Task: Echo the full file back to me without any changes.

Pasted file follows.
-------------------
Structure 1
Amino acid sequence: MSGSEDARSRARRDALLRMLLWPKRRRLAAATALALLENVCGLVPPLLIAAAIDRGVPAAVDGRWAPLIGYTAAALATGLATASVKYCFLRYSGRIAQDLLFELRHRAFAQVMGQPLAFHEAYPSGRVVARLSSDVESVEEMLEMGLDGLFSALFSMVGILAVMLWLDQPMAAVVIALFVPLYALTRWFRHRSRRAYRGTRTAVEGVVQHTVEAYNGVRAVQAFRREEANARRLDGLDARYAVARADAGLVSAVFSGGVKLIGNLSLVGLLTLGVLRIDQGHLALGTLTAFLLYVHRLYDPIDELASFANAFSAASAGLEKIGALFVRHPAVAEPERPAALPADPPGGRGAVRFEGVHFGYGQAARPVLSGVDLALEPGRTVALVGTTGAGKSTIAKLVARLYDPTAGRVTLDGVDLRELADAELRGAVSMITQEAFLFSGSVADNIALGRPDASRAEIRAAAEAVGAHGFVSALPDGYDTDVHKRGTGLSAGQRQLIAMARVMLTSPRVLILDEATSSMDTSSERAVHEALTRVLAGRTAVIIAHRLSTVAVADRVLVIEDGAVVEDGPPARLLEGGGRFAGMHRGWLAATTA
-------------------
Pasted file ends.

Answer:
Structure 1
Amino acid sequence: MSGSEDARSRARRDALLRMLLWPKRRRLAAATALALLENVCGLVPPLLIAAAIDRGVPAAVDGRWAPLIGYTAAALATGLATASVKYCFLRYSGRIAQDLLFELRHRAFAQVMGQPLAFHEAYPSGRVVARLSSDVESVEEMLEMGLDGLFSALFSMVGILAVMLWLDQPMAAVVIALFVPLYALTRWFRHRSRRAYRGTRTAVEGVVQHTVEAYNGVRAVQAFRREEANARRLDGLDARYAVARADAGLVSAVFSGGVKLIGNLSLVGLLTLGVLRIDQGHLALGTLTAFLLYVHRLYDPIDELASFANAFSAASAGLEKIGALFVRHPAVAEPERPAALPADPPGGRGAVRFEGVHFGYGQAARPVLSGVDLALEPGRTVALVGTTGAGKSTIAKLVARLYDPTAGRVTLDGVDLRELADAELRGAVSMITQEAFLFSGSVADNIALGRPDASRAEIRAAAEAVGAHGFVSALPDGYDTDVHKRGTGLSAGQRQLIAMARVMLTSPRVLILDEATSSMDTSSERAVHEALTRVLAGRTAVIIAHRLSTVAVADRVLVIEDGAVVEDGPPARLLEGGGRFAGMHRGWLAATTA